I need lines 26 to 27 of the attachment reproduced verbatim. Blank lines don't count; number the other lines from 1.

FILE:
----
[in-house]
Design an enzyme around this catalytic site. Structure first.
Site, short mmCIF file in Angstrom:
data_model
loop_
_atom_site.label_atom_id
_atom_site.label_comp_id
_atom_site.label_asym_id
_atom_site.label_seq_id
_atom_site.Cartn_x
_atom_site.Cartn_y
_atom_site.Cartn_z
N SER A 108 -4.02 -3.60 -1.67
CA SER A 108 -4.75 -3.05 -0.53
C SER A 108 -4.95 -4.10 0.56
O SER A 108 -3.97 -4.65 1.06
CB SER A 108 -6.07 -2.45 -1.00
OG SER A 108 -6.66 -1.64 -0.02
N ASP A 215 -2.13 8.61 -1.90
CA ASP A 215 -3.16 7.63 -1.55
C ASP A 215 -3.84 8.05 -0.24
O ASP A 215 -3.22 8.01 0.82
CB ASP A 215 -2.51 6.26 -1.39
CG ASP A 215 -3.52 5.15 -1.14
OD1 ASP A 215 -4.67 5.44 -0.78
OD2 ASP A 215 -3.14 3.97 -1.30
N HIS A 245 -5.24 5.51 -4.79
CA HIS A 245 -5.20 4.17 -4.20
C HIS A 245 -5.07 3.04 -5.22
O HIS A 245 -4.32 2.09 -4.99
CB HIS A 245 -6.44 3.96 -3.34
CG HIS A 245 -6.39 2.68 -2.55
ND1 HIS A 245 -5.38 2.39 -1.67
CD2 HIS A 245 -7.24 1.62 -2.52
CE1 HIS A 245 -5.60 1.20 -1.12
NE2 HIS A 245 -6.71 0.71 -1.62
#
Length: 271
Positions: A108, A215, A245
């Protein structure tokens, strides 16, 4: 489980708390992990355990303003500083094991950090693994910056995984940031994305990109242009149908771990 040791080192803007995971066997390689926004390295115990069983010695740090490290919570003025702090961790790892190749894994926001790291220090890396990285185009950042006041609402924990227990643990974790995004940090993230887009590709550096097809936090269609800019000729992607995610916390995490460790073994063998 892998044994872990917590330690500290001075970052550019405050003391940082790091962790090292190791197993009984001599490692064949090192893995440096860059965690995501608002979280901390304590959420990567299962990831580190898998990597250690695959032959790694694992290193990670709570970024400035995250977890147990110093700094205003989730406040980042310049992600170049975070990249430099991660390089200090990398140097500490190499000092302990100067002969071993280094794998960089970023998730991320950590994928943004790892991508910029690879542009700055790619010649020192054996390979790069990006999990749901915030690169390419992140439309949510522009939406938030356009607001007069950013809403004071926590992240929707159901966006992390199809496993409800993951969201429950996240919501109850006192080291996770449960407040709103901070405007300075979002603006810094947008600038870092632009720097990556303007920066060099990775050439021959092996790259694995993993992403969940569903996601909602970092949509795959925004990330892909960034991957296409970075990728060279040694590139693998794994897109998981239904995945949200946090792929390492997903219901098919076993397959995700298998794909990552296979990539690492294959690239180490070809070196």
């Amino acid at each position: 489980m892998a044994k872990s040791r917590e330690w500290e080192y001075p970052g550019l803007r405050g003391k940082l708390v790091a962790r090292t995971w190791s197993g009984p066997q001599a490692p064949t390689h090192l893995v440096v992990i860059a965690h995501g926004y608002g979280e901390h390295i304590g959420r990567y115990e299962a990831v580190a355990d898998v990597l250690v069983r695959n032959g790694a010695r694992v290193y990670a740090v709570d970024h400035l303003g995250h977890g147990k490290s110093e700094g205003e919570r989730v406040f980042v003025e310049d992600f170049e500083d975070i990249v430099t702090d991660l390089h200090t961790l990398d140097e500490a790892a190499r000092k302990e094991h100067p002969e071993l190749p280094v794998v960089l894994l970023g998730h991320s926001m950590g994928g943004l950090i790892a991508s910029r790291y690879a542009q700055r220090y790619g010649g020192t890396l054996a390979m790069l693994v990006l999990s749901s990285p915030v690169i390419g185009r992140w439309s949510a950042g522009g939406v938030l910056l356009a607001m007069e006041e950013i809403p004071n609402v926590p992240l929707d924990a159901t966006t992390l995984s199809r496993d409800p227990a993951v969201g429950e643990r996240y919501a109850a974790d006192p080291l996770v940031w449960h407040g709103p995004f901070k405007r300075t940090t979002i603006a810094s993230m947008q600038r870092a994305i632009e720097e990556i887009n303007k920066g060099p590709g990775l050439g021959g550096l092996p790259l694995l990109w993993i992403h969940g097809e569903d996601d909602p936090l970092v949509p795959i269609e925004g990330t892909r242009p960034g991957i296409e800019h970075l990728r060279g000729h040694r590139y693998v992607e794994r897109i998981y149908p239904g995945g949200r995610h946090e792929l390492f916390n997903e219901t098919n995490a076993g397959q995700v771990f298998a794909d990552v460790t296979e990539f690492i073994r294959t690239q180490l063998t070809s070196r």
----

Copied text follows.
OD2 ASP A 215 -3.14 3.97 -1.30
N HIS A 245 -5.24 5.51 -4.79